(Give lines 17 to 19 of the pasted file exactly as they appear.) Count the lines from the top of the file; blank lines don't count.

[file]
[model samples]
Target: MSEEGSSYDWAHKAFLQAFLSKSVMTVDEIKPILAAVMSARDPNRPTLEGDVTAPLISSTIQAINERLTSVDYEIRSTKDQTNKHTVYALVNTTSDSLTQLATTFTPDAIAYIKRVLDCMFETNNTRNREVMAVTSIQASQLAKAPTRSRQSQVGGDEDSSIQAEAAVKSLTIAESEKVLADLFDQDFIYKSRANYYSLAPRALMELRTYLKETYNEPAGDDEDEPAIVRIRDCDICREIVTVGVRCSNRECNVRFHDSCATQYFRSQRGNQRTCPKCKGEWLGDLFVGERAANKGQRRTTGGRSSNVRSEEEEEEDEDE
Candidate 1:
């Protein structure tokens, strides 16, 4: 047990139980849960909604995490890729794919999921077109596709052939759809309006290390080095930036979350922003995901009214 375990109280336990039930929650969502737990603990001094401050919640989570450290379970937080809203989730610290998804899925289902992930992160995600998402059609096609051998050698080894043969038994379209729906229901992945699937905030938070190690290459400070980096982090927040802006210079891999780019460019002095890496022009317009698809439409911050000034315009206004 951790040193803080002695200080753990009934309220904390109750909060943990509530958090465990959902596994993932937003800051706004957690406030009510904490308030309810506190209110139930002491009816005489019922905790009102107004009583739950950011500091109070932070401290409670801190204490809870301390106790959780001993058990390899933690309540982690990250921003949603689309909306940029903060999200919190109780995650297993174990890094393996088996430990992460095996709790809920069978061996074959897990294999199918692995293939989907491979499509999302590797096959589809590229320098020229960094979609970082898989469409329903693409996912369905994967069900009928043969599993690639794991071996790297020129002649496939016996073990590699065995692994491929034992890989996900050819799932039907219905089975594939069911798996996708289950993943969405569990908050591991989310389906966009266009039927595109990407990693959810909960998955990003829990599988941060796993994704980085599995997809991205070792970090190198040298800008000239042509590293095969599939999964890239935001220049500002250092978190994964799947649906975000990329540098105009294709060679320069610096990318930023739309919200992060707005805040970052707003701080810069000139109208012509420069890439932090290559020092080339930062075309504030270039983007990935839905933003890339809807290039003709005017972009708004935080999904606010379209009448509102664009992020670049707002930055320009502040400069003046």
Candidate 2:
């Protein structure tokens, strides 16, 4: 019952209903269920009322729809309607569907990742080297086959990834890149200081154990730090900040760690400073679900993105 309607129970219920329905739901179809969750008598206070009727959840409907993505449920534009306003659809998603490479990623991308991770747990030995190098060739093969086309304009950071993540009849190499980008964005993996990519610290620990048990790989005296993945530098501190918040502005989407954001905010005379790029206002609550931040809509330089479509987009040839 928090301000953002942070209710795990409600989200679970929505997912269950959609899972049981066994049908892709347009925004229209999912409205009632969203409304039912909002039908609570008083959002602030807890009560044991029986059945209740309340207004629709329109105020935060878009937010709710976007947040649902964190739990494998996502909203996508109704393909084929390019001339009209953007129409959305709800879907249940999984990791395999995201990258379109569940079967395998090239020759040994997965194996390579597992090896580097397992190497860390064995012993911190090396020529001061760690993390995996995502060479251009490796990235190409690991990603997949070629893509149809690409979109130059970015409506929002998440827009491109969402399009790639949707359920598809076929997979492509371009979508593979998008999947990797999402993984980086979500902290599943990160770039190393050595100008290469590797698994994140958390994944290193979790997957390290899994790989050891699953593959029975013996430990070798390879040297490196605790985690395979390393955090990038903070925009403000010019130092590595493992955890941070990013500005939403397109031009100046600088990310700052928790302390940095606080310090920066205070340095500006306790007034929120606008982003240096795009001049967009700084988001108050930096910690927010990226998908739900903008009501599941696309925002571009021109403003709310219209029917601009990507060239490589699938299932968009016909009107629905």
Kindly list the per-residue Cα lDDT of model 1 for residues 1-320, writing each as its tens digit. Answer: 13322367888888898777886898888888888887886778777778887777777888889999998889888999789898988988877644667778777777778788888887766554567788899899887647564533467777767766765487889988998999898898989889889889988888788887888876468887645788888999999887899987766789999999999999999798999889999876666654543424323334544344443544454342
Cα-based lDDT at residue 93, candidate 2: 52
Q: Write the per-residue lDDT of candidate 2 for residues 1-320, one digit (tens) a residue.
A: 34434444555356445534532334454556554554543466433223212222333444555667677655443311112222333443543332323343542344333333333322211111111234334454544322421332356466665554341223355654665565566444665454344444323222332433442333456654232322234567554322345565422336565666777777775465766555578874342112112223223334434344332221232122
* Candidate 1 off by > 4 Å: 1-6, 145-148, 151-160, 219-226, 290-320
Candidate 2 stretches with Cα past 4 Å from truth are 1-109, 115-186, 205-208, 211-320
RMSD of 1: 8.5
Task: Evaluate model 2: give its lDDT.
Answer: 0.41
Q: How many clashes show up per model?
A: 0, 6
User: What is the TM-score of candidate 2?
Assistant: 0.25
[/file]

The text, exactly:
A: 0, 6
User: What is the TM-score of candidate 2?
Assistant: 0.25